Quest for Kim (Anglais) Broché – 27 mars 2006
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'This beautifully written and beguiling travel book will fascinate even those who have never read Kim' (Scotsman)
Présentation de l'éditeur
This book is for all those who love Kim, that masterpiece of Indian life in which Kipling immortalized the Great Game. Fascinated since childhood by this strange tale of an orphan boy's recruitment into the Indian secret service, Peter Hopkirk here retraces Kim's footsteps across Kipling's India to see how much of it remains.
To attempt this with a fictional hero would normally be pointless. But Kim is different. For much of this Great Game classic was inspired by actual people and places, thus blurring the line between the real and the imaginary. Less a travel book than a literary detective story, this is the intriguing story of Peter Hopkirk's quest for Kim and a host of other shadowy figures.
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The essence of this volume is Hopkirk's search in the Northwest Frontier of Pakistan and northern India for Kipling's Kim. While few of the characters in Kim have direct historical parallels, there were models Kipling drew on for many of them. Kim himself was probably based an orphan of mixed parentage; his father was probably a British army soldier and his mother a Tibetan. Colonel Creighton was probably modeled off of Colonel Montgomerie of the Survey of India, while Lurgan
is believed to be modeled off of A. M. Jacob, a notorious jeweler in Simla. St. Xavier's in Lucknow was probably the source for La Martiniére.
Hopkirk does an excellent job in setting Kim into the Great
Game-the Russo-English rivalry over Afghanistan and the Anglo-French rivalry over the India trade. Throughout the book he also discusses whether Kipling was a racist or not. Unlike many critics who would judge Kipling by today's standards, Hopkirk tries to judge him the mores and values of Victorian England.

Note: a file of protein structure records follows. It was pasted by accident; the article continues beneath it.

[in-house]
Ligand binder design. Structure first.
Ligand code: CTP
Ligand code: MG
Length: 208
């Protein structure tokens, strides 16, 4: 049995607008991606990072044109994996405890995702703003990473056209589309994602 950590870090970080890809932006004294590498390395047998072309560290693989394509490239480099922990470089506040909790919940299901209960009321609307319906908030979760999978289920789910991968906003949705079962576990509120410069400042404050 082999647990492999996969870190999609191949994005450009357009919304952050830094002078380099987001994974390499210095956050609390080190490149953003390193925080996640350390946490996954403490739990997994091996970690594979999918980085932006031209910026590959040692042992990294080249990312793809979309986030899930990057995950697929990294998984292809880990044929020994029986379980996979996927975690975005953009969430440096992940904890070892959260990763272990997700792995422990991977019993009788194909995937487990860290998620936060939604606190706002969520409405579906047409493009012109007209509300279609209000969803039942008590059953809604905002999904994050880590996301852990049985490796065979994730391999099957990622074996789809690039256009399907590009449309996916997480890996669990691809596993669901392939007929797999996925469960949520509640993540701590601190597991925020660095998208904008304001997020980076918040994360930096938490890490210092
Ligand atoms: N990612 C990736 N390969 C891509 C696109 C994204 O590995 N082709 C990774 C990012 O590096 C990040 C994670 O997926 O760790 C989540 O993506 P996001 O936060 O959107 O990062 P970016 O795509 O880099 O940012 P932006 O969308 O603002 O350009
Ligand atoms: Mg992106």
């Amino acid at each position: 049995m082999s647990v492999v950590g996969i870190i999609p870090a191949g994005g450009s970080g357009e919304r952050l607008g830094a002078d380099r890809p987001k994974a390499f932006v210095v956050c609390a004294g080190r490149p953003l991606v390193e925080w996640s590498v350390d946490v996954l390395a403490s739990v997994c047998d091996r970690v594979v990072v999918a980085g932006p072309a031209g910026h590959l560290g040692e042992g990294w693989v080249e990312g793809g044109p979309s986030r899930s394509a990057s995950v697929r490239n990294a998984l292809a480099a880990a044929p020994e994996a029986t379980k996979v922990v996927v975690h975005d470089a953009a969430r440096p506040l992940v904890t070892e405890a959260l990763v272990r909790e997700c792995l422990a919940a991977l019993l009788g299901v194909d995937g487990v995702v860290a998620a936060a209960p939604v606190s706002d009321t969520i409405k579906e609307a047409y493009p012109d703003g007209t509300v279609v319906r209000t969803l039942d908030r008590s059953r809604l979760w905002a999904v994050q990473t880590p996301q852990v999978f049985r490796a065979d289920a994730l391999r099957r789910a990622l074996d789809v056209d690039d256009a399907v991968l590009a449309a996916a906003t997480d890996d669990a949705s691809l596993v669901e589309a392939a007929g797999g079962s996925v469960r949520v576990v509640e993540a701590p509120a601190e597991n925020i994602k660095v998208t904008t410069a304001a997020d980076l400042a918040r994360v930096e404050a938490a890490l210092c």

On finishing "Quest for Kim", one may be left with the feeling that the historical information contained therein could have been greater in both quantity and detail. One will certainly not feel greatly informed on the literary qualities of "Kim", beyond that Hopkirk is extremely impressed by them. "Quest for Kim" is not a great scholarly tome, but it is an enjoyable read, encompassing a light, welcoming introduction to a study of British India and "Kim" itself wrapped in a pleasant narrative of one man's brief travels through Pakistan and India.
In "The Quest for Kim", by Peter Hopkirk, the author might be thought of as Kipling's Chela. The book is devoted to exploring the writing of the novel Kim, by Rudyard Kipling.
Few writers are better qualified to write,"The Quest for Kim", than Peter Hopkirk. A noted historian of border intrigue in Asia, he is a splendid source for a novel which is among many other things the most famous spy-story ever written. In Kim, the hero is a small street orphan familiar with the ways of the city. Among other things he is what is called a "cut-out" in spy jargon (a minor local asset - like a street rat in an Indian city, like the hero). He does his work mostly for Mahbub Ali, the swashbuckling Pathan border-spy and horse trader who comes down from the mountains every once in awhile bringing horses to sell, and information for the Imperial government. At the beginning Kim also makes friends with such figures as the Red Lama, an endearing old man from Tibet. He becomes, as the Lama says, his "Chela", and looks after him for the Lama is not a very streetwise character, and needs more than a little protection. At the same time he carries a message for Mahbub Ali, thus setting up as a theme for the rest of the story the tension between the two worlds, which is left completely unresolved in the end. No one knows which path Kim takes and perhaps